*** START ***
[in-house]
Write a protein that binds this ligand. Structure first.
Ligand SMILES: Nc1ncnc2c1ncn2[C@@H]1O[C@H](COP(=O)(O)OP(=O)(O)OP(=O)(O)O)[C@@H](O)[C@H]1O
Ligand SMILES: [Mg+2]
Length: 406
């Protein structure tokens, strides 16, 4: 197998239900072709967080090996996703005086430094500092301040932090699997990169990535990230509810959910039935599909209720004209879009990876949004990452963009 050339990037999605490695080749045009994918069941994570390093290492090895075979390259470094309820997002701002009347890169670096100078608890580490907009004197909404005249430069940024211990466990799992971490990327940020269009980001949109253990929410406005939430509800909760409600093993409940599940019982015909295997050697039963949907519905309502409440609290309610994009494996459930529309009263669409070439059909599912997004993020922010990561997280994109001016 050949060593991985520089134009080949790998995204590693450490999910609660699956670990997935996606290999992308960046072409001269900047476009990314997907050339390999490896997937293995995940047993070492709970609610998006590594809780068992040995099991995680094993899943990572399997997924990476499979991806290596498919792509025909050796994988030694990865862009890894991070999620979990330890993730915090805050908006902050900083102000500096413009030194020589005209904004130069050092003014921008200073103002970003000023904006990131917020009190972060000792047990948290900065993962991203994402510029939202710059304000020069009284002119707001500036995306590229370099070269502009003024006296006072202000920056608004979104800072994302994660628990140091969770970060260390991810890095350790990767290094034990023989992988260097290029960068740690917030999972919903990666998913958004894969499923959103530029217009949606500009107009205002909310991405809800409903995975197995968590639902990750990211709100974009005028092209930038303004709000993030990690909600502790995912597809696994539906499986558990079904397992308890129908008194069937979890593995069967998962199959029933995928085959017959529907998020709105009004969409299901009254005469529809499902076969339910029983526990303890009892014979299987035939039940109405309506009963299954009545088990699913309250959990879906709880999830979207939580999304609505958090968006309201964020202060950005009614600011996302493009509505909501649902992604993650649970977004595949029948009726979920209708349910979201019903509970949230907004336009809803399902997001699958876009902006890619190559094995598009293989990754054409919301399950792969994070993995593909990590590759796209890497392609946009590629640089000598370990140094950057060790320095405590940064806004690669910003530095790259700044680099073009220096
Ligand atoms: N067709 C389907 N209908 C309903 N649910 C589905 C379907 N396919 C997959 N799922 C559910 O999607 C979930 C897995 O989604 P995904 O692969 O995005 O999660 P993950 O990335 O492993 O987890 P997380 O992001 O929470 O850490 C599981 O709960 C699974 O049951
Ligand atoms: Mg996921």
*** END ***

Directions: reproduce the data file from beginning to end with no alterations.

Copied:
[in-house]
Write a protein that binds this ligand. Structure first.
Ligand SMILES: Nc1ncnc2c1ncn2[C@@H]1O[C@H](COP(=O)(O)OP(=O)(O)OP(=O)(O)O)[C@@H](O)[C@H]1O
Ligand SMILES: [Mg+2]
Length: 406
């Protein structure tokens, strides 16, 4: 197998239900072709967080090996996703005086430094500092301040932090699997990169990535990230509810959910039935599909209720004209879009990876949004990452963009 050339990037999605490695080749045009994918069941994570390093290492090895075979390259470094309820997002701002009347890169670096100078608890580490907009004197909404005249430069940024211990466990799992971490990327940020269009980001949109253990929410406005939430509800909760409600093993409940599940019982015909295997050697039963949907519905309502409440609290309610994009494996459930529309009263669409070439059909599912997004993020922010990561997280994109001016 050949060593991985520089134009080949790998995204590693450490999910609660699956670990997935996606290999992308960046072409001269900047476009990314997907050339390999490896997937293995995940047993070492709970609610998006590594809780068992040995099991995680094993899943990572399997997924990476499979991806290596498919792509025909050796994988030694990865862009890894991070999620979990330890993730915090805050908006902050900083102000500096413009030194020589005209904004130069050092003014921008200073103002970003000023904006990131917020009190972060000792047990948290900065993962991203994402510029939202710059304000020069009284002119707001500036995306590229370099070269502009003024006296006072202000920056608004979104800072994302994660628990140091969770970060260390991810890095350790990767290094034990023989992988260097290029960068740690917030999972919903990666998913958004894969499923959103530029217009949606500009107009205002909310991405809800409903995975197995968590639902990750990211709100974009005028092209930038303004709000993030990690909600502790995912597809696994539906499986558990079904397992308890129908008194069937979890593995069967998962199959029933995928085959017959529907998020709105009004969409299901009254005469529809499902076969339910029983526990303890009892014979299987035939039940109405309506009963299954009545088990699913309250959990879906709880999830979207939580999304609505958090968006309201964020202060950005009614600011996302493009509505909501649902992604993650649970977004595949029948009726979920209708349910979201019903509970949230907004336009809803399902997001699958876009902006890619190559094995598009293989990754054409919301399950792969994070993995593909990590590759796209890497392609946009590629640089000598370990140094950057060790320095405590940064806004690669910003530095790259700044680099073009220096
Ligand atoms: N067709 C389907 N209908 C309903 N649910 C589905 C379907 N396919 C997959 N799922 C559910 O999607 C979930 C897995 O989604 P995904 O692969 O995005 O999660 P993950 O990335 O492993 O987890 P997380 O992001 O929470 O850490 C599981 O709960 C699974 O049951
Ligand atoms: Mg996921």